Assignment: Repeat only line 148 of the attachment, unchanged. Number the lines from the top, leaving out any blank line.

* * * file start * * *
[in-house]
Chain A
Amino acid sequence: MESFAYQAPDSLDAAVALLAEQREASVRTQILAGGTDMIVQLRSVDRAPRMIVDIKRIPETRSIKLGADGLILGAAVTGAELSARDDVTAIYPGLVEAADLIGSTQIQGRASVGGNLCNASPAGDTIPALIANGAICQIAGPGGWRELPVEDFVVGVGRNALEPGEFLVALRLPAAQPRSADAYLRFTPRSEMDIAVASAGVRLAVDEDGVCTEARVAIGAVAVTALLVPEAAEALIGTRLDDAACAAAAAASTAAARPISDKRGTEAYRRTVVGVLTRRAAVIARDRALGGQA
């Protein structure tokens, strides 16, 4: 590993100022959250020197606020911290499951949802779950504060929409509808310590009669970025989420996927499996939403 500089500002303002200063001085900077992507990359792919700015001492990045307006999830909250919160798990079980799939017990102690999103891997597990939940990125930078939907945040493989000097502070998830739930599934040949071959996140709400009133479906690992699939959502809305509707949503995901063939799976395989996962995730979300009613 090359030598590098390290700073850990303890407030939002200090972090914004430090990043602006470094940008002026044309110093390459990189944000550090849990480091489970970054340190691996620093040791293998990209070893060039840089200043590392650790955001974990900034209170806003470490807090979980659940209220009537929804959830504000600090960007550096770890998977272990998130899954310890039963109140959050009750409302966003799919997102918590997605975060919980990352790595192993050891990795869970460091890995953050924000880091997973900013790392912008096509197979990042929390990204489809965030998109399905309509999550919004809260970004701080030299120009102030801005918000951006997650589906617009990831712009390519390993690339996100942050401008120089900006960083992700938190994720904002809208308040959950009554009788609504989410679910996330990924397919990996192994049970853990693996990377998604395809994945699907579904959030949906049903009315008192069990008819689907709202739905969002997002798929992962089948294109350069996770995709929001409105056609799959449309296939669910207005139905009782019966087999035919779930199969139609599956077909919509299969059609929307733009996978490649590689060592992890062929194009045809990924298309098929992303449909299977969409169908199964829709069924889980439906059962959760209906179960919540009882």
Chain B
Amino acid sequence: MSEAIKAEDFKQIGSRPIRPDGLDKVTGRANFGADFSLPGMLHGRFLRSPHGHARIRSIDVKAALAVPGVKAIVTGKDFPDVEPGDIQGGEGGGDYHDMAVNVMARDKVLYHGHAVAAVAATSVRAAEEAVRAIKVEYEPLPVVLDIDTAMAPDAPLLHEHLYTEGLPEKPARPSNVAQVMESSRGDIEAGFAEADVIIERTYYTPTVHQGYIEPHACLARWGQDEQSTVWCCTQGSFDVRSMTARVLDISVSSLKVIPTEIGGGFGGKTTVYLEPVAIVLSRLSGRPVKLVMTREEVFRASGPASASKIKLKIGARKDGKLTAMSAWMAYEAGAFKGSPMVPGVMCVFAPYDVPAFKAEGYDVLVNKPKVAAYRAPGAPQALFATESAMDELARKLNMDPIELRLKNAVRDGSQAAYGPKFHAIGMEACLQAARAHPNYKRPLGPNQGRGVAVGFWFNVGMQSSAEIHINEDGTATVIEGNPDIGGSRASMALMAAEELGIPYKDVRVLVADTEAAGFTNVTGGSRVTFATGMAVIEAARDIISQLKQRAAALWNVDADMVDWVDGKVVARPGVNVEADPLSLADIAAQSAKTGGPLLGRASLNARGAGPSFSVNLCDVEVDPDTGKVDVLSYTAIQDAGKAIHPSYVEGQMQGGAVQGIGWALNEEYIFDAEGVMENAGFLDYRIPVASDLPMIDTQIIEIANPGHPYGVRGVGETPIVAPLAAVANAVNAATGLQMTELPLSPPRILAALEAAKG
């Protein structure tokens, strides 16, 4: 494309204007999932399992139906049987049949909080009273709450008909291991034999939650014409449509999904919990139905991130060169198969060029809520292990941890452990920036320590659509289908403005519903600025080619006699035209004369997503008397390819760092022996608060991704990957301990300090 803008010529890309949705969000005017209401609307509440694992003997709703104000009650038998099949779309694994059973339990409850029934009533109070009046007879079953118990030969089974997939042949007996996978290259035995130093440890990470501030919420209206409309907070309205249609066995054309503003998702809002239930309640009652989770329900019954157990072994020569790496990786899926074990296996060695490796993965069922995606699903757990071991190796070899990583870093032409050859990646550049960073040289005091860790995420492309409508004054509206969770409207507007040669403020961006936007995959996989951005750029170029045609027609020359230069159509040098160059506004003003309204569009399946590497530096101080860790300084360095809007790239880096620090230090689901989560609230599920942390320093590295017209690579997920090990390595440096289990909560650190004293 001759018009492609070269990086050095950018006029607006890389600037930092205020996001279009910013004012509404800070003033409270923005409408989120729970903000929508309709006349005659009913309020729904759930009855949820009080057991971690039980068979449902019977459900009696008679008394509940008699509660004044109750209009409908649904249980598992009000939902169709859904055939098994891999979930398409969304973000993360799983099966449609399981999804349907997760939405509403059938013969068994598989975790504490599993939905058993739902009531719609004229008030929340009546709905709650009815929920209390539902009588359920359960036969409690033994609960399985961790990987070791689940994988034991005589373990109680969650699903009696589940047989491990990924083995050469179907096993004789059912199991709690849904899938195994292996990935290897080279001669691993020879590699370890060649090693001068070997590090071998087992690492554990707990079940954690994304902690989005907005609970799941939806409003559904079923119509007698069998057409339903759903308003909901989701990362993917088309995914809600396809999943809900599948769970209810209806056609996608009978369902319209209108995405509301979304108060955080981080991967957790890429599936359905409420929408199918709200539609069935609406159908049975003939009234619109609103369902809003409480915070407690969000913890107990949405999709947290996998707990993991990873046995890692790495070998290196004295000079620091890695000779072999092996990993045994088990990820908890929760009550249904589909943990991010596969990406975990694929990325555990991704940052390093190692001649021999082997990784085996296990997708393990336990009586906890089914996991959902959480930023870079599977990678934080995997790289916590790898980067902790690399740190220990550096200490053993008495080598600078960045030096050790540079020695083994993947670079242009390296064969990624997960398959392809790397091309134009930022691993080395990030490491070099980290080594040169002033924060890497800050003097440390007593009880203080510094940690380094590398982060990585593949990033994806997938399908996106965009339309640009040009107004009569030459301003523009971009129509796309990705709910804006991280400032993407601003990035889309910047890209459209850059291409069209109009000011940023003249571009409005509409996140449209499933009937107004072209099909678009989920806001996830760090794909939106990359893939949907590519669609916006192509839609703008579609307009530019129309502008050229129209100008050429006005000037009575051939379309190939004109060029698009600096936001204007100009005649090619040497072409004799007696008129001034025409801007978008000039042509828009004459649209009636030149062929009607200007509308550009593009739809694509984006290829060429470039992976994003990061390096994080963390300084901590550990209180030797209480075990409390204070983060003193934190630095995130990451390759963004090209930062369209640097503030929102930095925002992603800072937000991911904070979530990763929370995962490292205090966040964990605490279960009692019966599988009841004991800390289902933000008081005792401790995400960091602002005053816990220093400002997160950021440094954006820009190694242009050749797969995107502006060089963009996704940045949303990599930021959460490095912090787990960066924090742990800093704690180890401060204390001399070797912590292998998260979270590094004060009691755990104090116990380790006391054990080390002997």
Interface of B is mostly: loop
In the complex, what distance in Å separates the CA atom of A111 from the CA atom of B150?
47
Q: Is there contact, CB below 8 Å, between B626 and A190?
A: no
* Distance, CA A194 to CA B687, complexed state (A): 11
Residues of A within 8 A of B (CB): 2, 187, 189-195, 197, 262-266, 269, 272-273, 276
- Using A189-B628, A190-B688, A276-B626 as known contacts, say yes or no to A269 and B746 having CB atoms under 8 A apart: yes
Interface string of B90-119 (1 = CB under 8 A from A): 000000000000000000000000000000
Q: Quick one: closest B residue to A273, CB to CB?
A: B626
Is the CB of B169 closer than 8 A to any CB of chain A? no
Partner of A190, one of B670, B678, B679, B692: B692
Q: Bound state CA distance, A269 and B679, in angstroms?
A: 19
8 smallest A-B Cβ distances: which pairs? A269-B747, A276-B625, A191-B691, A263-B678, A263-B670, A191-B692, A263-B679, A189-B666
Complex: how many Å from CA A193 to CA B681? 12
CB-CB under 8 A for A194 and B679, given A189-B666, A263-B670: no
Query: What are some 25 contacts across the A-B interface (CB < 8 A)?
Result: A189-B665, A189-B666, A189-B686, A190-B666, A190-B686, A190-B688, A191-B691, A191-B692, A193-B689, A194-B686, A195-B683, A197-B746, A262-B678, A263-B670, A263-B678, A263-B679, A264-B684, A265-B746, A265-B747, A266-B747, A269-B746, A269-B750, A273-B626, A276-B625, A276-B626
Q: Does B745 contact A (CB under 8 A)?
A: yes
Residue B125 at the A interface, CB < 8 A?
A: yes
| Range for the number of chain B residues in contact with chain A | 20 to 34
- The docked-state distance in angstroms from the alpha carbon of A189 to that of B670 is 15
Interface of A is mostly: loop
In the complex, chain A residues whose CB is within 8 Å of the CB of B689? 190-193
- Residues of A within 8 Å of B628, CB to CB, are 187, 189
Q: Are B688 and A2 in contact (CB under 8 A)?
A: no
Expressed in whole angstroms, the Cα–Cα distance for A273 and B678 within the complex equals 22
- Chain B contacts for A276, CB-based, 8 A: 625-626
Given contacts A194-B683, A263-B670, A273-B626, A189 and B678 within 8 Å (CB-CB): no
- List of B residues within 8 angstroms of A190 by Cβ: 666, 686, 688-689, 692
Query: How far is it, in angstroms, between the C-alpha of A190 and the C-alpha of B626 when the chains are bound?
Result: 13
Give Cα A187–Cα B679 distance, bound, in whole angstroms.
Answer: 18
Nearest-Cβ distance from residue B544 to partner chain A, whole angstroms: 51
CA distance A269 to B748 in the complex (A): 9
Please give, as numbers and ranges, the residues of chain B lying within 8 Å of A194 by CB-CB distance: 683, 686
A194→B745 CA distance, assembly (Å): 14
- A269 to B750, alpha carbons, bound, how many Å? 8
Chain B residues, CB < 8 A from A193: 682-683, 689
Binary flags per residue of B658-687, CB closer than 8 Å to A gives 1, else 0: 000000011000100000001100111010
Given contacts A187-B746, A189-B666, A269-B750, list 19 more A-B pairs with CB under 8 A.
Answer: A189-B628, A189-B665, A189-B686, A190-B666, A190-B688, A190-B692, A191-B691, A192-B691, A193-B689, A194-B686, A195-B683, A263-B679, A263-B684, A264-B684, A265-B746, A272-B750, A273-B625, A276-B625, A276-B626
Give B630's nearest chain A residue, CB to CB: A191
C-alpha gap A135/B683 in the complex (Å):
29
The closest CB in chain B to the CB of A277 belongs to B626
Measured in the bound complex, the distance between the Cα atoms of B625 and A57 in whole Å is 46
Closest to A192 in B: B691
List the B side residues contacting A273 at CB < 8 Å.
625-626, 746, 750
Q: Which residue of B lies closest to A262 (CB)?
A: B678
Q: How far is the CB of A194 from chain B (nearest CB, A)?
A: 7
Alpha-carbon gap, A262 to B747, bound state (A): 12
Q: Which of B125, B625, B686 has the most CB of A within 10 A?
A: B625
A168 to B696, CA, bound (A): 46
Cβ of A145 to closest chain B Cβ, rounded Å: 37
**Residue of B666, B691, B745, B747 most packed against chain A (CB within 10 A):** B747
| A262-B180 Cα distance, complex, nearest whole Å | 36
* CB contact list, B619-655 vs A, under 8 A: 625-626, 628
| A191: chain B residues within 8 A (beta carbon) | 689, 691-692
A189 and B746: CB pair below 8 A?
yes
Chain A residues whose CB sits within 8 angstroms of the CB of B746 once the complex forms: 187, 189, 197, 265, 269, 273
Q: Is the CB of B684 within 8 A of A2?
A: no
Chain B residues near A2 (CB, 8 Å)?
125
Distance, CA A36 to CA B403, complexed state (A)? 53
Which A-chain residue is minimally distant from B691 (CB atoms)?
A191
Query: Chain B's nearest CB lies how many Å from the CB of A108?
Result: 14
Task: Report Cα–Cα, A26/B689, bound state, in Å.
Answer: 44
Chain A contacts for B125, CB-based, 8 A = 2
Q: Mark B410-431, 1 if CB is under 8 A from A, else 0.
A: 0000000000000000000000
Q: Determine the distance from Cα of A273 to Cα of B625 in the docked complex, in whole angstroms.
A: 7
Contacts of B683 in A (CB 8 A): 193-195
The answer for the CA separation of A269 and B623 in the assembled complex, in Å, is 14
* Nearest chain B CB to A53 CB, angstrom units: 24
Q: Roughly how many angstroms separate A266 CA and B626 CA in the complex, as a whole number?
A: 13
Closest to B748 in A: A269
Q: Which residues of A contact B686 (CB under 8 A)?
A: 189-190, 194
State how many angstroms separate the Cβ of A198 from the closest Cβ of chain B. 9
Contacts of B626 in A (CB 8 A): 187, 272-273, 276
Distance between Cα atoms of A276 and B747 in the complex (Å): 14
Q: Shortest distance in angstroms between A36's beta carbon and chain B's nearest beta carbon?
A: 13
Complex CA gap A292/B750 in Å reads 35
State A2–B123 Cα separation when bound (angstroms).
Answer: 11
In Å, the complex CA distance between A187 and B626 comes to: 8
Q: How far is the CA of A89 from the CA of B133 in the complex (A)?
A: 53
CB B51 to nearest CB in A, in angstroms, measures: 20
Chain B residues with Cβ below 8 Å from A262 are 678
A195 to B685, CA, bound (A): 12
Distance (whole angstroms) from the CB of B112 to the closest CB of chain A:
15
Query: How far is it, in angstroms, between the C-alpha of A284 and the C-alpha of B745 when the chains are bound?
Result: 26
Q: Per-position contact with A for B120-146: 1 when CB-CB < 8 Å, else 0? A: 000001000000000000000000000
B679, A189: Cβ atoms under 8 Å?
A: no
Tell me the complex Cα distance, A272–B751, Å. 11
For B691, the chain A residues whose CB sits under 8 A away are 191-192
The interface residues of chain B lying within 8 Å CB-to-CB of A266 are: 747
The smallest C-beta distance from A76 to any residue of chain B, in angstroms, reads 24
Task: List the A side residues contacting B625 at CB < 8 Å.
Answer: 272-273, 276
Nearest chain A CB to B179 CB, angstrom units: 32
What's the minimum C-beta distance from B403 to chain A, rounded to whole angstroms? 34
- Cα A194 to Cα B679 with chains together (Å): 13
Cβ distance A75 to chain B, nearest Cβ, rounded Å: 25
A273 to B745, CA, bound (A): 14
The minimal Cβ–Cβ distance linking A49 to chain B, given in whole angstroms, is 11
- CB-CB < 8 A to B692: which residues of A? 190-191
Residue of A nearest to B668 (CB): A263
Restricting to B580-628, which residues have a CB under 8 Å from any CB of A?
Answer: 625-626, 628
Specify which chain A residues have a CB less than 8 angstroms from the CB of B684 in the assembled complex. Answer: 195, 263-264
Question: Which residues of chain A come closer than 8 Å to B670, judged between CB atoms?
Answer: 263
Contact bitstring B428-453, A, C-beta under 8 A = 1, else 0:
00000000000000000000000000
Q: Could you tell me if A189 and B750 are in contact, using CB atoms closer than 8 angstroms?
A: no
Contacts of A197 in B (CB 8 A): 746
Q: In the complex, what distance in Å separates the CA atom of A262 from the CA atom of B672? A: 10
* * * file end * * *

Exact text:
Contacts of A197 in B (CB 8 A): 746